Where is the value?

People don’t appreciate ideas they don’t understand. This is quite natural. On what basis could you value ideas you don’t understand? Part of our job as educators is to cultivate the kinds of understanding that pave the way to valuing things in a new light. Sometimes that job is not as hard as getting the chance to do it.

Our students come to us well aware of the value of a roof over their head, financial stability, reliable transportation and such. A young adult needs a healthy appreciation for the value of the basic necessities of life. But a life driven exclusively by necessity is one that lacks agency. Part of the role of higher education is to cultivate agency. This is built into the very concept of a liberal arts education. A liberal arts education is one aimed at freeing the mind from the necessities of custom, dogma, intellectual manipulation, and other forms of ill-considered opinion.

This kind of liberty can look like a luxury to people who feel trapped by the imperatives of life in a highly competitive materialistic society. That perception is often encouraged by people who relentlessly focus on the ROI of higher education. Specifically, the value higher education as job training. These people will be eager to find shortcuts through general education requirements. College in the high school comes to mind as an easy way to cut the financial overhead of education and get young people “more efficiently” into the workforce.

I’d submit that such efforts demonstrate an implicit lack of regard for young people as people. Further, its disregard young people won’t protest because they are simultaneously denied the opportunity to understand the value of college level inquiry into, say, history or philosophy. (Quick note here, I’m highly skeptical of the ability of any institution of higher learning to ensure that college level inquiry will happen in a high school classroom. In my own discipline, philosophy, I can pretty much rest assured that it won’t).

And thus, we can shortchange young people and they will never be the wiser (quite literally). This might seem quite clever from the perspective of policy makers and administrators who are acting like managers for a private equity firm. But that would presume that the decision makers understand what they are doing in diluting a liberal arts education. And this, ironically, would be uncharitable towards them. What’s more likely is that even as decision makers in higher education act like unscrupulous managers for a private equity firm, its good intentions all the way down. Higher education is expensive after all. We need to look out for the interests of tuition paying parents and taxpayers. And, of course, students just want to get a good paying job.

Value that isn’t understood is value that doesn’t get realized. And, of course, its value that is never missed. So, what’s the problem? Apparently, none. But you know what they say about appearances.

I’m hosting a rebuttal from Michael Reese in below:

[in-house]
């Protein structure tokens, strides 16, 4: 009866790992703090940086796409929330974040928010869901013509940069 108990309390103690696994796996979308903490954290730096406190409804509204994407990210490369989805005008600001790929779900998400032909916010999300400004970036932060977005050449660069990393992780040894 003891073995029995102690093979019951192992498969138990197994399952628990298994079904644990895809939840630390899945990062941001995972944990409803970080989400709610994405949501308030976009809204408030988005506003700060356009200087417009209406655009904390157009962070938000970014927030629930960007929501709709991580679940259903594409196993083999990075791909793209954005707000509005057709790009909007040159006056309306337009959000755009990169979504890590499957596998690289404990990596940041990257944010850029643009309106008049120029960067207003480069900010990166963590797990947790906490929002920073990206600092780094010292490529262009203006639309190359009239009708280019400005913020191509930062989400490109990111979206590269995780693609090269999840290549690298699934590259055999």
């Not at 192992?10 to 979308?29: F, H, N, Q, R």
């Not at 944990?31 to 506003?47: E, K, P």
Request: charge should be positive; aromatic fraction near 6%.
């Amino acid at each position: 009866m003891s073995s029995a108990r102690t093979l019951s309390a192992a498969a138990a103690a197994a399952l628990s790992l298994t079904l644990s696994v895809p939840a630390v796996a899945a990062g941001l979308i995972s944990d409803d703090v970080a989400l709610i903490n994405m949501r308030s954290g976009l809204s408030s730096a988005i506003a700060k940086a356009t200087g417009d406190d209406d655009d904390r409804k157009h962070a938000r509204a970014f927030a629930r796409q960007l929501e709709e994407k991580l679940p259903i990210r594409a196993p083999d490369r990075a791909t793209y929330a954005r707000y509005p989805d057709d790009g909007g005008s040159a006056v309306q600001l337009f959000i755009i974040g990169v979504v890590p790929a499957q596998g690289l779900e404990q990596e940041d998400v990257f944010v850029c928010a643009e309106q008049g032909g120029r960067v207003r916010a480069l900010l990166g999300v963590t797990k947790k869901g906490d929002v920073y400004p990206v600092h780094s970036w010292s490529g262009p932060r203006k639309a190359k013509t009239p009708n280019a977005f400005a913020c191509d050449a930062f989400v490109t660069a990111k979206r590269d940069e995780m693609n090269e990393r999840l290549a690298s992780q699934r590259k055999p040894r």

My Gen Ed Journey

I find myself leading an effort to reform General Education at BC. How I got here is worth some mention. It is hardly out of a love for General Education assessment. I have long history of sporting a bad attitude when it comes Gen Ed assessment at BC. To the degree that I’ve participated actively it has been out a sense of duty to the college. I wound up serving on FACT (our Faculty Assessment Coordinating Team) when Magie Harada asked me to serve some six or seven years ago. I had just been awarded full professor status, with a nice pay bump. And I was coming off of a stint as chair of the Tenure Review Committee. Maggie caught me at a moment when I felt obliged.

Around that time, we were just implementing our system for assessing campus wide General Education outcomes (all 18 of them) at the direction of accreditation. The data analytic tools were impressive. My task was mainly to help faculty learn how to input student learning data based on the assortment of rubrics we had associated with our Gen Ed outcomes (all 18 of them). I didn’t really understand how all of this was supposed to be useful to us as educators or useful to our students. I tried to figure it out. I can be quite dogged at trying to figure things out. Several years later, at the end of Spring Quarter, 2022, I’d come to the conclusion that we were generating lots of useless data, mainly because we didn’t really understand just what we were trying to measure.

At this point, I was determined to get off FACT and spend the remainder of my career having as little to do as possible with Gen Ed and assessment. That fall, however, we had a new dean, and we were entering the last of a 3-year assessment cycle. Dumping Gen Ed assessment on a new dean and some hapless faculty colleague in the final and crucial year of a project that matters for accreditation seemed a rather nasty gift, and so I decided to stay on FACT for one more year. Carl Freeburg, who had chaired FACT for several years, had just retired. And so, that fall of 2022 FACT was without a leader. And nobody wanted the job. We were working under a couple of accreditation recommendations including one that asked us to use Gen Ed Assessment data to improve our delivery of Gen Ed instruction and inform our academic planning. I was convinced that there was no way this could happen since we faced a serious “junk in” problem with our assessment data. Like so many of my faculty colleagues, I was skeptical and cynical about assessment. And my cynicism was rational. My bad attitude was based on careful study and diagnosis of the assorted ways our program of General Education didn’t work.